Meta-Information Literacy: Checking-in on Twitter’s Battle Against Disinformation

Information Access, News Literacy, Social Media

By: Ross Sempek

It’s alarming when one considers the credulity of users who took this advice to heart. Comparing a virus to a solid that can be swallowed let alone killed with stomach acid boggles the mind – things that don’t even pass the sniff-test become believable and a cursory glance at this raises a million red flags. At least in this cropped screen-grab, there are no links and no names. No way to verify the information unless you’re slightly curious enough to visit the university’s website. You think that if they were to broadcast something on Twitter, it’d also be part of their official messaging. I’ll be honest, I began researching this blog post with the intention to tear Twitter down for their role in the degeneration of information-literacy and such ensuing gullibility. Hence the title of this post; I wanted to be information literate about their information literacy. But it turns out they’re doing some pretty good stuff in that arena. I still have reservations about their approach as a whole, but it’s really nice to see Twitter step up and offer tools for info-literacy, rather than simply telling users what’s true and what isn’t.

To this end, Twitter announced its partnership with UNESCO to create the handbook Teaching and Learning with Twitter. I still have some issues with this document, namely that it’s transparently self-serving, and I don’t see Twitter as a useful replacement for certain aspects of pedagogy. Which brings me to another issue: its intended audience. The title makes it sound like it’s exclusive to educators, but really it can be read by any interested party. The portion it has on digital etiquette, media literacy and cyber-bullying would be particularly useful for the uninitiated. I also feel that links to this information (or the PDF itself) should be front and center on a twitter-feed menu, or at least as part of one. Talking about it on the blog is nice, and even tweeting about information literacy is meeting users more than halfway. But most people pay little mind to what’s below the fold let alone make a new tab for research. At least make it accessible within a few clicks.   

Concluding the handbook’s announcement Moez Chakchouk, assistant director-general of UNESCO is quoted: “disinformation is compromising democracy and development.” I would say that’s only partly true. Disinformation isn’t immediately harmful; it’s our belief that gives it legs and information literacy can act to disrupt this synthesis. But information literacy doesn’t exist in a vacuum – you need to nourish it with curiosity (or, “skepticism at its best”). Although this is something hard, if not, impossible to impart, it needs to be part of the equation. To me it’s the foundation of information literacy itself. For fear (or hope) combined with a lack of curiosity feeds disinformation.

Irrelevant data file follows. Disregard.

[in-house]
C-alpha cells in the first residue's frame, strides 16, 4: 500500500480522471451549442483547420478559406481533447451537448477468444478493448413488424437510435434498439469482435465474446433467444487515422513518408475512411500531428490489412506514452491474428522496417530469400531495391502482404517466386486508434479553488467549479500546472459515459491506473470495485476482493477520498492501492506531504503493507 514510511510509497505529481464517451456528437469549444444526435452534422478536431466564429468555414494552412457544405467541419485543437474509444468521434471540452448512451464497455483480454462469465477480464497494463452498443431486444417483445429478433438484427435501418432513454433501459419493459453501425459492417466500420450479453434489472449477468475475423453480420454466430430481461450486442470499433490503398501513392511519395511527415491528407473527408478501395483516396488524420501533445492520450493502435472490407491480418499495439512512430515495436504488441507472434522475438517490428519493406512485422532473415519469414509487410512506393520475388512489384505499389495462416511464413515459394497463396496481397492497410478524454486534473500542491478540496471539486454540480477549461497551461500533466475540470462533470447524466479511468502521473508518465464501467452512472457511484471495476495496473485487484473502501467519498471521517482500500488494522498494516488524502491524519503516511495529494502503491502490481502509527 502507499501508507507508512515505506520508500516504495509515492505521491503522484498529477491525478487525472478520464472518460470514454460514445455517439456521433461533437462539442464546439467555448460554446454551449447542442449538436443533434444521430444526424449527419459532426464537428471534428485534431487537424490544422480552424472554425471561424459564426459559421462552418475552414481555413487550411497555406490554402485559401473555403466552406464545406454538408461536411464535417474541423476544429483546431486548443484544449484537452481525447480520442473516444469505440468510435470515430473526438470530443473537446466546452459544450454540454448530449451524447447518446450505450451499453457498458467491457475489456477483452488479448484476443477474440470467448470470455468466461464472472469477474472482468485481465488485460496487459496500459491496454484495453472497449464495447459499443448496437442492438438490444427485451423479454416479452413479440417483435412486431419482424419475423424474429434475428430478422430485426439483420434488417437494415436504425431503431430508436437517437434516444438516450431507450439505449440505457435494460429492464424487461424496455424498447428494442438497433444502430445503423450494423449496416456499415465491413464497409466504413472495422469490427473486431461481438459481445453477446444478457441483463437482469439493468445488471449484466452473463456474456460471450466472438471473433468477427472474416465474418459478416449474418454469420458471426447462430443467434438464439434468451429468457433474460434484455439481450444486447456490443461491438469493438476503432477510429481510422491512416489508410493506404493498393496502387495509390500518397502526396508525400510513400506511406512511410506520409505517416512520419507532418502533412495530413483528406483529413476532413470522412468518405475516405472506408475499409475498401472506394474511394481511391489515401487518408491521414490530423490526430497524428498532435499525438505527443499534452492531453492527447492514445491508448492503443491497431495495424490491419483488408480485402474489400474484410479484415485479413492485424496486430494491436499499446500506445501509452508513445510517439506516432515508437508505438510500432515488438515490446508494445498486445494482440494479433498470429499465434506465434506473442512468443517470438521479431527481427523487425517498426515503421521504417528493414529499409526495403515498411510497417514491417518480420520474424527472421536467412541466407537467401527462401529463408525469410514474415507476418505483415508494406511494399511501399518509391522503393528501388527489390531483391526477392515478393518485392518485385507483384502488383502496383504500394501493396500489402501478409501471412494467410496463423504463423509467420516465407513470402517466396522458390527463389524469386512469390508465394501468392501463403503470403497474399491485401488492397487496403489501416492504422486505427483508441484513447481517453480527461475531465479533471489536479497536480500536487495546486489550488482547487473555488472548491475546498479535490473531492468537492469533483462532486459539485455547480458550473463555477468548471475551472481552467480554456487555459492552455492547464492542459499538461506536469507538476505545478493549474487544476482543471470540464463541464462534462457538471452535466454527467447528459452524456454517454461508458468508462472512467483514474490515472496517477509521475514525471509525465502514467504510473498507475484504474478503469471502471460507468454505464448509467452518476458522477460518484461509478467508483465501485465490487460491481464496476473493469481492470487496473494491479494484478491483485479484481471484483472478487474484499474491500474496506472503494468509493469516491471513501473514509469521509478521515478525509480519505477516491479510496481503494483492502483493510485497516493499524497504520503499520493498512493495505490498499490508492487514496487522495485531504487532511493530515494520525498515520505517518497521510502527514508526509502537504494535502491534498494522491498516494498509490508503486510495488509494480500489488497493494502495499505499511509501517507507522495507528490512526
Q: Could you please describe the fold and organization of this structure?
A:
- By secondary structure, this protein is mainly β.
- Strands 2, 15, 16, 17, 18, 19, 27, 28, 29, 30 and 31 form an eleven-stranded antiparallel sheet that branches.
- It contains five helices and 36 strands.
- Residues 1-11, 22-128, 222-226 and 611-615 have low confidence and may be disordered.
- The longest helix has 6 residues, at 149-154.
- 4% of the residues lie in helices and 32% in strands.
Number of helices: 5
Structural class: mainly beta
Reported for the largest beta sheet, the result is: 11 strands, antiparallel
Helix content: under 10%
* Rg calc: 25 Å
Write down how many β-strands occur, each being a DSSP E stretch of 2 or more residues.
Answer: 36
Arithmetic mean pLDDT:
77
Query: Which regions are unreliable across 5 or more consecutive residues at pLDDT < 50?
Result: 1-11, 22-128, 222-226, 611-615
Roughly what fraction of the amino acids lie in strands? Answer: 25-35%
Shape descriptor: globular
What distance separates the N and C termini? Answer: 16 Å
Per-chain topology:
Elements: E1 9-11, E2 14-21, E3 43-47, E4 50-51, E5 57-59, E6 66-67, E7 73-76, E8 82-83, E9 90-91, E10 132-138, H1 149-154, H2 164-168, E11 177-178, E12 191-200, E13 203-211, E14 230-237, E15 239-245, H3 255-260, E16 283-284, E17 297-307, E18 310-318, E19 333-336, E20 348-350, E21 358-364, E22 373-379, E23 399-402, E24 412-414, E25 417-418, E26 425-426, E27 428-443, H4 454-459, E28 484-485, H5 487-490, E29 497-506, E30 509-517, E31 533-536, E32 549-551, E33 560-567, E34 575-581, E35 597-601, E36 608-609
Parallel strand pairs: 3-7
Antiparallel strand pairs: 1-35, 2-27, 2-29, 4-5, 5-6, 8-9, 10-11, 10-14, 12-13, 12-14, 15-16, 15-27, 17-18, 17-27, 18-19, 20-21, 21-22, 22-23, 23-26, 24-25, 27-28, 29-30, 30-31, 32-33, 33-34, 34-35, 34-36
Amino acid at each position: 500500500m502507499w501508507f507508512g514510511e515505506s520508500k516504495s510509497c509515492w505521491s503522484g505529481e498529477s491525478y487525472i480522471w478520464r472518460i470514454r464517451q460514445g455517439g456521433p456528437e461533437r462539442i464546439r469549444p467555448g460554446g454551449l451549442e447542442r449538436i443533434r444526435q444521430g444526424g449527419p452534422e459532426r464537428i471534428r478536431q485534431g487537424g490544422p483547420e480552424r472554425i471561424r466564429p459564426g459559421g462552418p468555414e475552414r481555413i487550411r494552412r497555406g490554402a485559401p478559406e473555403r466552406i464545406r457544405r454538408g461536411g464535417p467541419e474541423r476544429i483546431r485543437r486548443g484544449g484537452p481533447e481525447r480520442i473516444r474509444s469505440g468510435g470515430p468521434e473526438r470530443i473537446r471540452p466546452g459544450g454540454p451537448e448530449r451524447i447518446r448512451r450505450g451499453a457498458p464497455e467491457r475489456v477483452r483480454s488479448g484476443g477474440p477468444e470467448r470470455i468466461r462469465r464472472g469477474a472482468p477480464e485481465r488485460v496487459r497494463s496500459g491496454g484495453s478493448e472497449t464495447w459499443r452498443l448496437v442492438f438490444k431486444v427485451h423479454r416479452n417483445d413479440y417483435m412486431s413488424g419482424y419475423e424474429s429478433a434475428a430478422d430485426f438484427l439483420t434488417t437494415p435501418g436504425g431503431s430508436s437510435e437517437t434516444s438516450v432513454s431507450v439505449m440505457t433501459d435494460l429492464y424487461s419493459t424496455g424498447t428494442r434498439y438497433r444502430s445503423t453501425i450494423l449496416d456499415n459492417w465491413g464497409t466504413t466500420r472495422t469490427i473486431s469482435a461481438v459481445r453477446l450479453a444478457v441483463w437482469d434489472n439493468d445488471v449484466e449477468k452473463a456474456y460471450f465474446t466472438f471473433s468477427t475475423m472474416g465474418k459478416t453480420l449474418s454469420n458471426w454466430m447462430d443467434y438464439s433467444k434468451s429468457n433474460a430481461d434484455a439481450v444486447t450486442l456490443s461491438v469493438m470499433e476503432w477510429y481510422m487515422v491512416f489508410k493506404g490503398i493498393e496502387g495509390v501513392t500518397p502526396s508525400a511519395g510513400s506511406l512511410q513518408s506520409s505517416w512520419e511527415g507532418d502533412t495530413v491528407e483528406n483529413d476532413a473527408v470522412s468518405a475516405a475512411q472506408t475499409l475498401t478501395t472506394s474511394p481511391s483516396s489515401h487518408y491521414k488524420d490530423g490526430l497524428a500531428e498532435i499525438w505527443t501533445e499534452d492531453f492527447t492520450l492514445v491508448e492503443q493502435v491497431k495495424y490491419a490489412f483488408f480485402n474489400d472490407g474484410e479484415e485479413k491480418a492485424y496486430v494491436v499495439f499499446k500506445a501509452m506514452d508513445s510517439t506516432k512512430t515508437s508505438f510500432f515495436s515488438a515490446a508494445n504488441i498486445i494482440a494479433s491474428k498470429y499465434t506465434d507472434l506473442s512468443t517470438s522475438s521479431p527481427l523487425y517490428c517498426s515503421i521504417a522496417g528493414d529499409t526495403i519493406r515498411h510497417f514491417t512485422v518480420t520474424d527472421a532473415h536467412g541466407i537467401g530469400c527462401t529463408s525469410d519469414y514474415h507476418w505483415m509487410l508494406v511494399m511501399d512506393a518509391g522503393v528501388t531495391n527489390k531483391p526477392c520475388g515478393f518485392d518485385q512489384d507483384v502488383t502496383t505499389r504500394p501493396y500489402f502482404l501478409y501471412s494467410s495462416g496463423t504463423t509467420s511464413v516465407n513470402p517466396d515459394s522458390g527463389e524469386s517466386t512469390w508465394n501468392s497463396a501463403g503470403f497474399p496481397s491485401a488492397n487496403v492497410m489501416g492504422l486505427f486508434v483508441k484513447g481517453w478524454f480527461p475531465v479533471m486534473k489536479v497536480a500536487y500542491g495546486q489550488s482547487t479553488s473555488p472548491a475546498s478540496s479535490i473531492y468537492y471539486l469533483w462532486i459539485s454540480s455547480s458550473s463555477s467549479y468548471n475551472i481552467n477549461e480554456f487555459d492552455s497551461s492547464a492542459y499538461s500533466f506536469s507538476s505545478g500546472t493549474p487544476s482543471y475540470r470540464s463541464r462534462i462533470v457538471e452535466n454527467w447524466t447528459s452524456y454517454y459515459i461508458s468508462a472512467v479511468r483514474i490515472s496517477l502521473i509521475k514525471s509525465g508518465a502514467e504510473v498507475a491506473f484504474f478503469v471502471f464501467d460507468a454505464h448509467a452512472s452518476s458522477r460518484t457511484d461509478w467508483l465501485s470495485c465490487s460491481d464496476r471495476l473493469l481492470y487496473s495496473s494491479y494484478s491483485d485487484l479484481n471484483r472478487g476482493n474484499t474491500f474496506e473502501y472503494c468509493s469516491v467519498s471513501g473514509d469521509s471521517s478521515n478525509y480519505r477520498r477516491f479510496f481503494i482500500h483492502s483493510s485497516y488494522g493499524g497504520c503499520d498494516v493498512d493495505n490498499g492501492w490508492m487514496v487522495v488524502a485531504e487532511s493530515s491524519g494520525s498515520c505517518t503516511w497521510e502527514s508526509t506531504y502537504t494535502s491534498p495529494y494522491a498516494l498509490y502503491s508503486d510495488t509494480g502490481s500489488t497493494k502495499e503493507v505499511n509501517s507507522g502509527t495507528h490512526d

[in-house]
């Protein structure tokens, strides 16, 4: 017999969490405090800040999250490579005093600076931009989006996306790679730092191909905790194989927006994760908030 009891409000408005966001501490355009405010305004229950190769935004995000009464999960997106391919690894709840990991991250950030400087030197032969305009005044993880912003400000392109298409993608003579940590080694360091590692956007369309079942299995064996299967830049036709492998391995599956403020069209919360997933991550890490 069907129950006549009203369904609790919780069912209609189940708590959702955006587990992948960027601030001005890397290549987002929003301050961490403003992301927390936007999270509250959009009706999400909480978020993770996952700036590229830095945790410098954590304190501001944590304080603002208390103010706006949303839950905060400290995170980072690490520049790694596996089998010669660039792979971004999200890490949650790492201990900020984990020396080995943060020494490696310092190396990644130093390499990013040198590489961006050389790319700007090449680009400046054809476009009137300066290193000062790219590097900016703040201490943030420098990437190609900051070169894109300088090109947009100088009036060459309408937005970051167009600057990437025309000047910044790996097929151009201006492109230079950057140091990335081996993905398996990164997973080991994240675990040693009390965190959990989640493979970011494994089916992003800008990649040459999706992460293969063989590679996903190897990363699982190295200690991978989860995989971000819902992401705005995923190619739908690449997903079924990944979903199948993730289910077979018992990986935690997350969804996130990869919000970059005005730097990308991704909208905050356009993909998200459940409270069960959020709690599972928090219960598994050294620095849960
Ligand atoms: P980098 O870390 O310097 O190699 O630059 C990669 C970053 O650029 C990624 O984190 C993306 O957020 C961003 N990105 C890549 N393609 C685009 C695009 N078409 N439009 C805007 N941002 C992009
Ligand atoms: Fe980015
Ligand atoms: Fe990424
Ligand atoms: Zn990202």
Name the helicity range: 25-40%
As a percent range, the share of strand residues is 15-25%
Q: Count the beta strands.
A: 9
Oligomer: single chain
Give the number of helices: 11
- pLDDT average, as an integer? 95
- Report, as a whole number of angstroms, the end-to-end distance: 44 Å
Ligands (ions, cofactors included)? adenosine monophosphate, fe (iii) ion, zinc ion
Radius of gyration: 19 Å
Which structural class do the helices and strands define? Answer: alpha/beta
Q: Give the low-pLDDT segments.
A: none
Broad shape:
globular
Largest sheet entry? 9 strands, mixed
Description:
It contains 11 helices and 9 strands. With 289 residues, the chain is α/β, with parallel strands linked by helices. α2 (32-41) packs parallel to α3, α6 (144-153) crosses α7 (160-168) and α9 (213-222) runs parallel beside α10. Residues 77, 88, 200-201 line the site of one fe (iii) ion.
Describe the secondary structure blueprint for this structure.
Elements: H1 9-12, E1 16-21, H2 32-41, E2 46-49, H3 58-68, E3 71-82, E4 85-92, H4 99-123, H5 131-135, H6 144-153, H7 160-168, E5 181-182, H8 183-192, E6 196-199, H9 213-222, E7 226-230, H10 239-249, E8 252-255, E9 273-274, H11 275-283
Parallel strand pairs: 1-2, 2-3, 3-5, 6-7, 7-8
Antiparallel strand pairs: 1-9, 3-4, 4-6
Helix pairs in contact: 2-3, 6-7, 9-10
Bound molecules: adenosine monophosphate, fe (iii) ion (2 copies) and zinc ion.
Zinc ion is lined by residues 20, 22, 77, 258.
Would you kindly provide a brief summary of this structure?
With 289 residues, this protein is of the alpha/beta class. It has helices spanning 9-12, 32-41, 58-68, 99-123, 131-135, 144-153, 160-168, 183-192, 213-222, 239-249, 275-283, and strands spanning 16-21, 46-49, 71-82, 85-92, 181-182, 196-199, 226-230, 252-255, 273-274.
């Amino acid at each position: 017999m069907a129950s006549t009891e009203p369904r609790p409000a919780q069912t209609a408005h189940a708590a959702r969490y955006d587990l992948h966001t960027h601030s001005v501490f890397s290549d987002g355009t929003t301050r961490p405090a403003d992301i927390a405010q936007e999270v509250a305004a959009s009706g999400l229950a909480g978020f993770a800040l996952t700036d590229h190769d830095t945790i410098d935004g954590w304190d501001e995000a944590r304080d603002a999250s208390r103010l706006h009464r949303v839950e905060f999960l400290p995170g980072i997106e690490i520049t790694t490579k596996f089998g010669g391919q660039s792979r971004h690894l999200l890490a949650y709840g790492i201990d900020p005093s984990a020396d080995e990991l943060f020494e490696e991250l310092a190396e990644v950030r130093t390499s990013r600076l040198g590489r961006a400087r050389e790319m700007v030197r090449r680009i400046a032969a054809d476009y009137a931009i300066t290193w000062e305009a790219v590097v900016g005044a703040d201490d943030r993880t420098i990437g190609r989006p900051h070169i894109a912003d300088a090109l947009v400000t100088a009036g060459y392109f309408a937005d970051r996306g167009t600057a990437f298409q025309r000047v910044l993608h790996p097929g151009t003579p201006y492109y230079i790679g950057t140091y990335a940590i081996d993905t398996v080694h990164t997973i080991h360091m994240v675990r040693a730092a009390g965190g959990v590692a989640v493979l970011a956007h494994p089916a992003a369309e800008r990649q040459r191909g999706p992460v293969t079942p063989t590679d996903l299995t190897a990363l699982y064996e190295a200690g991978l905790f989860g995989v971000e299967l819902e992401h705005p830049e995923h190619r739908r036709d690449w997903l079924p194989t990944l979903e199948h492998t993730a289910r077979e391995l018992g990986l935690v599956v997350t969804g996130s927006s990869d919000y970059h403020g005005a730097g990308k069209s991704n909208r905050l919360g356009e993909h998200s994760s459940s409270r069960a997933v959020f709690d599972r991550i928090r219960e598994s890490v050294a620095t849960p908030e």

Really, though, this sort of stuff is unavoidable on platforms like these. So take a moment to reflect on how you interact with your sources of information. It may help to compartmentalize your media – designate social media, say, solely for keeping in touch with your family, and entertainment. Twitter will even let users tailor feeds down to the word. I know that we’re told that this sort of “echo-chamber” actually counters the tenets of information literacy, but as long as you seek and critically engage with information from varied sources then you’re doing just fine. Part of the problem is that by Twitter censoring or labeling disinformation, they make the assumption (and statement) that they are the sole source of information for most of their users. When, at best, it’s a secondary source of information. 

In the spirit research, here are some fact-checking resources worth a perusal.

Recipients of Twitter’s Ads for Good credits:

Other sites:

Ross Sempek

Ross Sempek is a recent MLIS graduate and a Library Assistant at the Happy Valley Public Library just outside of Portland, Oregon. He comes from a blue-collar family that values art, literature, and an even consideration for all world-views. This informs his passion for intellectual freedom, which he considers to be the bedrock for blooming to one’s fullest potential. It defines this country’s unique freedoms and allows an unfettered fulfillment of one’s purpose in life. When he is not actively championing librarianship, he loves lounging with his cat, cycling, and doing crossword puzzles – He’s even written a handful of puzzles himself.

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